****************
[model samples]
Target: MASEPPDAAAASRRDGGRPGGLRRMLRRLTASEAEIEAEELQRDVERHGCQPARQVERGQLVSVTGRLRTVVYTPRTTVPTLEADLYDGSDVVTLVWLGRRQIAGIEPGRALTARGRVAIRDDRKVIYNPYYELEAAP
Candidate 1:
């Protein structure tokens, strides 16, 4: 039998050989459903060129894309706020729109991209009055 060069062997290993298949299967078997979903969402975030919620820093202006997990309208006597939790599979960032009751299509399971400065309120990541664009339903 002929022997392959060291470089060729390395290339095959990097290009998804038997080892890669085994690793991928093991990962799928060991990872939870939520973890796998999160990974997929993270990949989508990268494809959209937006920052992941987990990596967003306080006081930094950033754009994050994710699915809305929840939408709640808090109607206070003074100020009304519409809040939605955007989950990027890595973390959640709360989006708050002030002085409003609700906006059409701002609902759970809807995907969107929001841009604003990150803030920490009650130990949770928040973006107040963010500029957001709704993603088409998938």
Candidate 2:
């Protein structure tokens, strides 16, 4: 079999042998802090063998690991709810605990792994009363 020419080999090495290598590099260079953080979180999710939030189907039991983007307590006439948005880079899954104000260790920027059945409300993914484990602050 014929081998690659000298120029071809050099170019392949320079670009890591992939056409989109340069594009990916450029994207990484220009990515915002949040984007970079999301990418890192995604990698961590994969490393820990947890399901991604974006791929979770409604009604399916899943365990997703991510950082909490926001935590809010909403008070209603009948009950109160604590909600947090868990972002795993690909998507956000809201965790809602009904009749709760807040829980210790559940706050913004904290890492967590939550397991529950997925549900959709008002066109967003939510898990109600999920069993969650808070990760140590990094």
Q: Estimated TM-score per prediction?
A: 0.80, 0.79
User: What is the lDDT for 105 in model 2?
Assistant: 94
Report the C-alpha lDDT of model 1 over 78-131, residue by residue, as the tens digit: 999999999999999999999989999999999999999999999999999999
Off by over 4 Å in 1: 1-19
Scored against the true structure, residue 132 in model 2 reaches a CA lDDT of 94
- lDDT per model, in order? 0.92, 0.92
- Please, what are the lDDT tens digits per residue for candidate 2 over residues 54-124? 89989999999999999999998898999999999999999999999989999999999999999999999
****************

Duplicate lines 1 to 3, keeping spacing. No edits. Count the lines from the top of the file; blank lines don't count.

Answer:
[model samples]
Target: MASEPPDAAAASRRDGGRPGGLRRMLRRLTASEAEIEAEELQRDVERHGCQPARQVERGQLVSVTGRLRTVVYTPRTTVPTLEADLYDGSDVVTLVWLGRRQIAGIEPGRALTARGRVAIRDDRKVIYNPYYELEAAP
Candidate 1: